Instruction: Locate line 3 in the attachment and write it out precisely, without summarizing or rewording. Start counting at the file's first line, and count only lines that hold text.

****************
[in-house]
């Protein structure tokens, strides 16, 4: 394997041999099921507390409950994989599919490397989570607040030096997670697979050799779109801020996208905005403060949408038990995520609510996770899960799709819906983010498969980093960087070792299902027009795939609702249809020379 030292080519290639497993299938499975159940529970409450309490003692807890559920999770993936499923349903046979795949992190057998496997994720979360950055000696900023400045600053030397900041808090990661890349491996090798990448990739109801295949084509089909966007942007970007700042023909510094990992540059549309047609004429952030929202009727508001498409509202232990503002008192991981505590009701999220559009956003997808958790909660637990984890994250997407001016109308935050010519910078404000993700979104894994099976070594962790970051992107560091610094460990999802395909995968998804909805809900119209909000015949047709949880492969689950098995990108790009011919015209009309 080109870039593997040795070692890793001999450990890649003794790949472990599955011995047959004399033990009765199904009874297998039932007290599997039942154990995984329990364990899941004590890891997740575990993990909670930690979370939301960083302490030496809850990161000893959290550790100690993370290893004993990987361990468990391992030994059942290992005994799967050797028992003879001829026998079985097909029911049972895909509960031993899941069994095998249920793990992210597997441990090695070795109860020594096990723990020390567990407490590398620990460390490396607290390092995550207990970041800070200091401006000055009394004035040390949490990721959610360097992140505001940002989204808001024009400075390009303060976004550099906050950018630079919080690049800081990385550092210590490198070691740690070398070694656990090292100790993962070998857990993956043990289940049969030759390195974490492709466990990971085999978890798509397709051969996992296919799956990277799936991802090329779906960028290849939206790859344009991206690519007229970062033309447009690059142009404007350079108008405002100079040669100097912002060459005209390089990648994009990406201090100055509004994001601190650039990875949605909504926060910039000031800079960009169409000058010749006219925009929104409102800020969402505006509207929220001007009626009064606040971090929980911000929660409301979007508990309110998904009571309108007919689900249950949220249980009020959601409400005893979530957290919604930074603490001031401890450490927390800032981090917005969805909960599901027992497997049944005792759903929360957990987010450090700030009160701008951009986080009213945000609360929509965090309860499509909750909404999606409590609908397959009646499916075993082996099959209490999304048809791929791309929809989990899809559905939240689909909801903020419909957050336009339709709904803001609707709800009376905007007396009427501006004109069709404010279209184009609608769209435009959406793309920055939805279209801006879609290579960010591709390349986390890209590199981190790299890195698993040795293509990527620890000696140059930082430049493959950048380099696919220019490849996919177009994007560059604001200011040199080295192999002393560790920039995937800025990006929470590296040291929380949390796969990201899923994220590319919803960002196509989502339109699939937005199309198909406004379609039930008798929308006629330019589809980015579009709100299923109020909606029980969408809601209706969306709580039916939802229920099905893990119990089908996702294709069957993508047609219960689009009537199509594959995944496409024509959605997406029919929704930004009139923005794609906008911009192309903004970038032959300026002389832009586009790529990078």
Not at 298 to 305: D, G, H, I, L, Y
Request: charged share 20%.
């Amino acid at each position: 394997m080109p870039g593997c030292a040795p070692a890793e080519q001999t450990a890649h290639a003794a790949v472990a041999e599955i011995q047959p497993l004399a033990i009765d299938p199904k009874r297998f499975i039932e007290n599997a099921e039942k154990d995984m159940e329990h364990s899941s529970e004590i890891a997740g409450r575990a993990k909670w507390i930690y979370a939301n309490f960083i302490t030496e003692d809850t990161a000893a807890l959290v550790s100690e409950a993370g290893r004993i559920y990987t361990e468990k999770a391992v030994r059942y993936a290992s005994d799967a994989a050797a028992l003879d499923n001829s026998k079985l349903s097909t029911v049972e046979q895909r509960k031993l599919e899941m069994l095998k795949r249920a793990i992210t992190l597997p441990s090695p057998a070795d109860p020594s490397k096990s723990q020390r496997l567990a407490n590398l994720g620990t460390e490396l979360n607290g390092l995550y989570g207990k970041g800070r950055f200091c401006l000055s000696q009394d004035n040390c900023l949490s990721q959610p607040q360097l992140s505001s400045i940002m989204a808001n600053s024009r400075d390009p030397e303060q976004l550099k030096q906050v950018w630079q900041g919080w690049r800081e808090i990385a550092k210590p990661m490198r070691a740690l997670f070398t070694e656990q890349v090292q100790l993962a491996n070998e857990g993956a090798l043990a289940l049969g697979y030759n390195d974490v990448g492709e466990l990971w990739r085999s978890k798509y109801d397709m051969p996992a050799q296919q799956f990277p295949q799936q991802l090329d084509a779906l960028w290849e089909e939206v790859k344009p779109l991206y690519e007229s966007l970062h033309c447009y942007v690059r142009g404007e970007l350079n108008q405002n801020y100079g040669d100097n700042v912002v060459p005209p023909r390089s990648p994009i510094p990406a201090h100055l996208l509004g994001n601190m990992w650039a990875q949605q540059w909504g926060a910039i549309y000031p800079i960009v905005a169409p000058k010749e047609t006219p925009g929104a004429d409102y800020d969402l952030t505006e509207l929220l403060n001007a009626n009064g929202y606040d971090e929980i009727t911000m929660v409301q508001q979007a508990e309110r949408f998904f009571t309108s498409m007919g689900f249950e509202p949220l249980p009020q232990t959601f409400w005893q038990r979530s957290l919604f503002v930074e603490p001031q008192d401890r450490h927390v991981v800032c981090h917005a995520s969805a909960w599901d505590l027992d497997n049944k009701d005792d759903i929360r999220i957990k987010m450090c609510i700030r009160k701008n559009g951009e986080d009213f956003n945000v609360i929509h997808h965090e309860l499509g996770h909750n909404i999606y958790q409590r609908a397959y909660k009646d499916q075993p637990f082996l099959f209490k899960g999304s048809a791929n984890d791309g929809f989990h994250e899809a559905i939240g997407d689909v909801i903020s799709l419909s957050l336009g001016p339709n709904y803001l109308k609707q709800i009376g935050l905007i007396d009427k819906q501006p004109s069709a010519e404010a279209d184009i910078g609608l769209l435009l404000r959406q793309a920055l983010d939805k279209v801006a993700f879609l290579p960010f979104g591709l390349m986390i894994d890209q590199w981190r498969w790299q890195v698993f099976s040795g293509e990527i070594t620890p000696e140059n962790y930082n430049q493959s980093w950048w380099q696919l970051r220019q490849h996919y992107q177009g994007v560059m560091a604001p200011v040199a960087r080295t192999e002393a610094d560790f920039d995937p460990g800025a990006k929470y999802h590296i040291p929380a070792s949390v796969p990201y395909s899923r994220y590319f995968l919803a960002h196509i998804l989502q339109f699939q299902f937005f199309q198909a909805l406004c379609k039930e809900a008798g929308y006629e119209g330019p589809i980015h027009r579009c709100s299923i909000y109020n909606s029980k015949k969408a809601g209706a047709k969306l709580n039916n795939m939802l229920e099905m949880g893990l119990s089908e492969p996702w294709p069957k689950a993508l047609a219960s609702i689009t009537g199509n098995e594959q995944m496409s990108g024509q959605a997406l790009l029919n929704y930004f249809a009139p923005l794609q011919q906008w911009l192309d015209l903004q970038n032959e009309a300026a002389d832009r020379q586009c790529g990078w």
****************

Not at 298 to 305: D, G, H, I, L, Y